To nobody’s surprise, Adam Eaton was named a Gold Glove finalist in right field.
To nobody’s surprise, Adam Eaton was the only White Sox among the 27 finalists at the nine positions in the American League.
His chief competition? Boston’s Mookie Betts. Even though Houston’s George Springer is also involved, it’s been considered a two-horse race during the second half. The metrics bear that out:
And when it comes to counting stats, the arguments for both players are clear to see. Looking only at time in right field, Betts saw a lot more action and accumulated more outs (and the points to go along with them) ...
... unless ...
... you look at only right field — as in, you don’t punish the player for having to shift to center to fill a need — then it tilts toward Eaton.
Thanks to injuries to Austin Jackson and Charlie Tilson, Eaton had to make 43 starts in center. By metrics and eye test, his play in center field improved over his disappointing 2015, but to only average at best. Meanwhile, Avisail Garcia absorbed most of Eaton’s innings in right field to provide an easy contrast between “great” and “subpar.”
Lorenzo Cain dealt with similar circumstances in 2014. He looked like a Gold Glover in center when he played there, but Ned Yost liked him in right field over Jarrod Dyson when Nori Aoki landed on the disabled list. Cain played the corner spot just as well, but he ended up splitting the time significantly enough that he wasn’t even a finalist at either position.
Eaton has about 20 games on Cain at his primary position, so he’s at least in the hunt. If you’re inclined to extrapolate Eaton’s time in right field because he was versatile enough to help elsewhere, then he stands out in a pound-for-pound comparison. For instance, Baseball-Reference.com and FanGraphs offer their own easy metric for scaling:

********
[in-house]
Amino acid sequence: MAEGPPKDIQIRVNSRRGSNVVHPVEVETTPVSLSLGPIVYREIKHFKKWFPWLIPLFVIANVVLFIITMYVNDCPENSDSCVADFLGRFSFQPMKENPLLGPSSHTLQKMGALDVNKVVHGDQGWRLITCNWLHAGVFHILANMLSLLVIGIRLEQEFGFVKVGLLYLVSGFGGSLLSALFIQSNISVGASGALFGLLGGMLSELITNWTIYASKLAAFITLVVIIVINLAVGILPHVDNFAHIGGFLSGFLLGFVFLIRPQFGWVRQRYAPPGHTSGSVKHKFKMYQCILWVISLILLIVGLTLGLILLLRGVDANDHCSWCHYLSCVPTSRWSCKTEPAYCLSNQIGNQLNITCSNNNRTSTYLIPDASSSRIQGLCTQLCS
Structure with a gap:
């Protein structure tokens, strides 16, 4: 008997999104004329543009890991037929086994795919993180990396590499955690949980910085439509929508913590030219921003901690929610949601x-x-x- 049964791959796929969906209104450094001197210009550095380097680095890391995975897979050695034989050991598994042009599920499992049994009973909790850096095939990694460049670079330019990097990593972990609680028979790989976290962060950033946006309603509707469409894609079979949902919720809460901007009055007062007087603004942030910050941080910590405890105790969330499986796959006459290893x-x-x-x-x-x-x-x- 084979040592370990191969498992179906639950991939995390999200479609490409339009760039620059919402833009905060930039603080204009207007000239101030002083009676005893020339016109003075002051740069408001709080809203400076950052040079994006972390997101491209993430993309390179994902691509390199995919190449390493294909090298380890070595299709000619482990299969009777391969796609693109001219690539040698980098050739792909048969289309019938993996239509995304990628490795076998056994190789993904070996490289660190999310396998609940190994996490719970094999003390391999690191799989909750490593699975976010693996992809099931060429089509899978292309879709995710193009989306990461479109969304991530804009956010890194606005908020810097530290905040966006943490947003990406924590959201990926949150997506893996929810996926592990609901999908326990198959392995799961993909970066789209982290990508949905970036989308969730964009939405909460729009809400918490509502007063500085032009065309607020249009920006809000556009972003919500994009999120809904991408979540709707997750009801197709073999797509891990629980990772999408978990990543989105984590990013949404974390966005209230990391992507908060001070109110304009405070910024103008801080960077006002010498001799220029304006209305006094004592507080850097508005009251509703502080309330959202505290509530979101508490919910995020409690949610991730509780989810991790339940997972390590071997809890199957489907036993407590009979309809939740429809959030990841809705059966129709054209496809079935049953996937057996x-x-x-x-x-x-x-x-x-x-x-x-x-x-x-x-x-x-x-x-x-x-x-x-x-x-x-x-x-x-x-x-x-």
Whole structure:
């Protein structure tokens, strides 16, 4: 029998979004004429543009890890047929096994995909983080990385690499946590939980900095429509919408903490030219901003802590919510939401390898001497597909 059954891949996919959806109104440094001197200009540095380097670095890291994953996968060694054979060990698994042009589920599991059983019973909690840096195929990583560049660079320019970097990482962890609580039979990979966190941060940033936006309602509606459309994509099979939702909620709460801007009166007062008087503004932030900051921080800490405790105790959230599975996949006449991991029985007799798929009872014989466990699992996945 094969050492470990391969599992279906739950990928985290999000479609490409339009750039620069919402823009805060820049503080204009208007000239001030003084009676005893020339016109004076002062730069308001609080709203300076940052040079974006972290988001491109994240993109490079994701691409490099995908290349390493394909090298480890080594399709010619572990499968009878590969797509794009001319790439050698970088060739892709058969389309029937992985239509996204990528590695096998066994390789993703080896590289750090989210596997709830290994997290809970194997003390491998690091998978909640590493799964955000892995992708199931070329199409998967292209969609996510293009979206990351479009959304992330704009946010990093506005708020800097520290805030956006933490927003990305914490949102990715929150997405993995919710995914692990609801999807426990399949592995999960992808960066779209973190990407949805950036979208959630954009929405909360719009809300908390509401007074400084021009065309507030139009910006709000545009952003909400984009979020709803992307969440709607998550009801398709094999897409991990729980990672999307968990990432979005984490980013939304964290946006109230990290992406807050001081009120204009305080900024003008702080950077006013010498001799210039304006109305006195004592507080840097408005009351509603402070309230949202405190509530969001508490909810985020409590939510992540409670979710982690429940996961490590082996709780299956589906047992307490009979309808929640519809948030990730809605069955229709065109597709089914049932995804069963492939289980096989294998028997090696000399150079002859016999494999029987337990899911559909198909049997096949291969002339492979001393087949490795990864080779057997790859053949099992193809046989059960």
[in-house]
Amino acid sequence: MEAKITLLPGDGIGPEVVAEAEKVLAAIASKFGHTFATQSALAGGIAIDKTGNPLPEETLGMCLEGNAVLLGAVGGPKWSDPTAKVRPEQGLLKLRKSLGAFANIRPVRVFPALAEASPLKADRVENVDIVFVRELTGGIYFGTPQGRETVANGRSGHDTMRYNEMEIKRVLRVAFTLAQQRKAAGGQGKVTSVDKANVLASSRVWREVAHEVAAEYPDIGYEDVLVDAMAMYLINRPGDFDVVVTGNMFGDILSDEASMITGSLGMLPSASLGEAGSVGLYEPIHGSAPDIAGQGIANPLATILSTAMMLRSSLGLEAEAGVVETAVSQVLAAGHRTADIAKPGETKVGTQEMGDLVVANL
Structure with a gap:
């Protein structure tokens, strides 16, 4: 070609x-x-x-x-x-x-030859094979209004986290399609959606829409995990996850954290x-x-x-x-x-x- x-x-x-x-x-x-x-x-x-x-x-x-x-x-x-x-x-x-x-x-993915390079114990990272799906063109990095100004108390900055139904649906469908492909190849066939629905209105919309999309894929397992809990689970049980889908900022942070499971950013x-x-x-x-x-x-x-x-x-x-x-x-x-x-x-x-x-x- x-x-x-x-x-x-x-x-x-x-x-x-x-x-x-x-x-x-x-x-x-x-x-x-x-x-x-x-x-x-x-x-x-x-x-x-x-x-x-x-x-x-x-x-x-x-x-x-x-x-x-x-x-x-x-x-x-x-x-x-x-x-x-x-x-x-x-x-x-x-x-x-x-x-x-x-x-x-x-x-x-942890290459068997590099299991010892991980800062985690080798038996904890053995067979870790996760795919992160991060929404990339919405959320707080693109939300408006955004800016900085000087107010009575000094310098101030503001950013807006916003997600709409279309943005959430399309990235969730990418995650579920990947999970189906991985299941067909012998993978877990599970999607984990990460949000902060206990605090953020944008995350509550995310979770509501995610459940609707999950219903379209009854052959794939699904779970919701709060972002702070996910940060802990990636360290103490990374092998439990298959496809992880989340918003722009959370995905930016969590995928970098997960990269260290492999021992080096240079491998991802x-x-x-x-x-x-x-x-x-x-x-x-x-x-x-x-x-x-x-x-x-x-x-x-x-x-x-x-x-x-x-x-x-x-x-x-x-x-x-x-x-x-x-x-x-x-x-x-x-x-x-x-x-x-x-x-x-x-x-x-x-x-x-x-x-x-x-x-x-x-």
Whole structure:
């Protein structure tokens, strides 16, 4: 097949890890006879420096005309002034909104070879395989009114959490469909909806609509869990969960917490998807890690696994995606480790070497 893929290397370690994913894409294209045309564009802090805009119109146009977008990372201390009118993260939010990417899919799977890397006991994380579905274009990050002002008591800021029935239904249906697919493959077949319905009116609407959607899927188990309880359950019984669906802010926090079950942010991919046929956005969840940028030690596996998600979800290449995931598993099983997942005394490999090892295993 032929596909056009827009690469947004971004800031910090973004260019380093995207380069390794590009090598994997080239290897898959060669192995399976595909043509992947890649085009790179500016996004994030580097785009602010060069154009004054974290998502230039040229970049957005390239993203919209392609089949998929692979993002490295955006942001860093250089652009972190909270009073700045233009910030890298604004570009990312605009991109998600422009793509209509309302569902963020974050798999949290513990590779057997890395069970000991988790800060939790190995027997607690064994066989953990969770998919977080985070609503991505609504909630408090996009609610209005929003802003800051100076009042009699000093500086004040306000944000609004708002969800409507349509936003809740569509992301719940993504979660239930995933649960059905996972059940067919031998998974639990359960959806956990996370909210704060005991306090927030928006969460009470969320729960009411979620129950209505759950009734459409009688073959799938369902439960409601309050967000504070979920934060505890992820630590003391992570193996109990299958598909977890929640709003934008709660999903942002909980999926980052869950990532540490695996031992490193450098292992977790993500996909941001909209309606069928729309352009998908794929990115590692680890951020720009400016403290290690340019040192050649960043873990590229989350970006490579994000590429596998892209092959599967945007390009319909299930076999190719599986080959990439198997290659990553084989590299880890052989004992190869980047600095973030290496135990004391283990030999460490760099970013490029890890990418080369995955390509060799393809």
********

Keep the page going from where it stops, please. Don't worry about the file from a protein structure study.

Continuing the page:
- Ultimate Zone Rating per 150 games: Eaton 25.5, Betts 17.2
- Defense Runs Saved per 1,200 innings: Betts 28, Eaton 27
- Total Zone per 1,200 innings: Eaton 31, Betts 18
And while Baseball Prospectus’ Fielding Runs Above Average doesn’t distinguish between positions — best I can tell — Eaton holds the edge there, 29.1 to 18.7, despite time at his weaker position. (It doesn’t hurt that the Eaton Rifle racked up a league-high 18 outfield assists when combining his work at both positions.)
The metric-based analyses can go either way. Baseball Info Solutions — the company behind DRS — presents the Fielding Bible Awards as a metrics-heavy contrast to the popularity-based Gold Glove, and its system considers Betts the favorite:
Spending the entire 2016 season in right field was definitely a great move for Mookie Betts, who led all of Major League Baseball with 32 DRS. Not only did Betts excel in DRS this season, but he also committed only one error in 361 chances, with a fielding percentage of .997. The majority of the runs he saved defensively came from his range and positioning, leading all right fielders with 23. We expect that Betts will replace the champion for the last two seasons, Jason Heyward, as the new Fielding Bible Award winner. Heyward, however, is still in contention for the NL Gold Glove which would be his fourth in five seasons if it comes to pass.
As a response to the advancement of defensive metrics, the Gold Glove Awards incorporate the SABR Defensive Index to account for 25 percent of the selection process. SABR isn’t releasing its final info until after the awards are announced, but Eaton held a healthy lead over the rest of the league — not just right fielders -- in the last update, which means he could’ve had a leg up in the final selection process. The awards have already been decided, so the concept of “finalists” is just window-dressing.
This all goes without acknowledging the gap in offensive production. Eaton had a good season, but Betts is an MVP candidate, and the history of Gold Glove voting says hitting makes a guy’s defense look better. That could very well be the case here, but should Betts win it, he won’t be an undeserving candidate. It’ll be more a matter of philosophy.
And if Eaton should win it, he’d become the franchise’s first non-pitcher Gold Glove winner since former White Sox manager Robin Ventura won one at third base in 1998.